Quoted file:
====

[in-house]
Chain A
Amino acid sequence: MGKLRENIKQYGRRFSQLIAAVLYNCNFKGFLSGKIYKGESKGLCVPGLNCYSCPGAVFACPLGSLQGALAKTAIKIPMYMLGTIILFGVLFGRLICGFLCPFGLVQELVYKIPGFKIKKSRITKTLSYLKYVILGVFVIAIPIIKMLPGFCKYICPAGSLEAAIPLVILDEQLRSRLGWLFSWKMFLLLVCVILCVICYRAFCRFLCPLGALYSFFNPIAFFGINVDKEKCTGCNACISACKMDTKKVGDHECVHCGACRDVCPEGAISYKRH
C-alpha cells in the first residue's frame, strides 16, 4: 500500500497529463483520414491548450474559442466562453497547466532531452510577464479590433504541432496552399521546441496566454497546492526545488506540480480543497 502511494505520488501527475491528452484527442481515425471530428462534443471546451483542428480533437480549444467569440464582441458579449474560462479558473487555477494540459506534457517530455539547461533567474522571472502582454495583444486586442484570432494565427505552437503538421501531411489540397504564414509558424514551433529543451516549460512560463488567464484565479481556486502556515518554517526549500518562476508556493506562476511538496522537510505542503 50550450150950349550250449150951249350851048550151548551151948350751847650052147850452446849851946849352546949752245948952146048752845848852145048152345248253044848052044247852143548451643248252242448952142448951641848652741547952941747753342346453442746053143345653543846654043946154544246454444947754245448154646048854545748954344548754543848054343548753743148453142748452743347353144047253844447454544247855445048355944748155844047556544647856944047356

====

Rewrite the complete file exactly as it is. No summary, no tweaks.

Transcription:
[in-house]
Chain A
Amino acid sequence: MGKLRENIKQYGRRFSQLIAAVLYNCNFKGFLSGKIYKGESKGLCVPGLNCYSCPGAVFACPLGSLQGALAKTAIKIPMYMLGTIILFGVLFGRLICGFLCPFGLVQELVYKIPGFKIKKSRITKTLSYLKYVILGVFVIAIPIIKMLPGFCKYICPAGSLEAAIPLVILDEQLRSRLGWLFSWKMFLLLVCVILCVICYRAFCRFLCPLGALYSFFNPIAFFGINVDKEKCTGCNACISACKMDTKKVGDHECVHCGACRDVCPEGAISYKRH
C-alpha cells in the first residue's frame, strides 16, 4: 500500500497529463483520414491548450474559442466562453497547466532531452510577464479590433504541432496552399521546441496566454497546492526545488506540480480543497 502511494505520488501527475491528452484527442481515425471530428462534443471546451483542428480533437480549444467569440464582441458579449474560462479558473487555477494540459506534457517530455539547461533567474522571472502582454495583444486586442484570432494565427505552437503538421501531411489540397504564414509558424514551433529543451516549460512560463488567464484565479481556486502556515518554517526549500518562476508556493506562476511538496522537510505542503 50550450150950349550250449150951249350851048550151548551151948350751847650052147850452446849851946849352546949752245948952146048752845848852145048152345248253044848052044247852143548451643248252242448952142448951641848652741547952941747753342346453442746053143345653543846654043946154544246454444947754245448154646048854545748954344548754543848054343548753743148453142748452743347353144047253844447454544247855445048355944748155844047556544647856944047356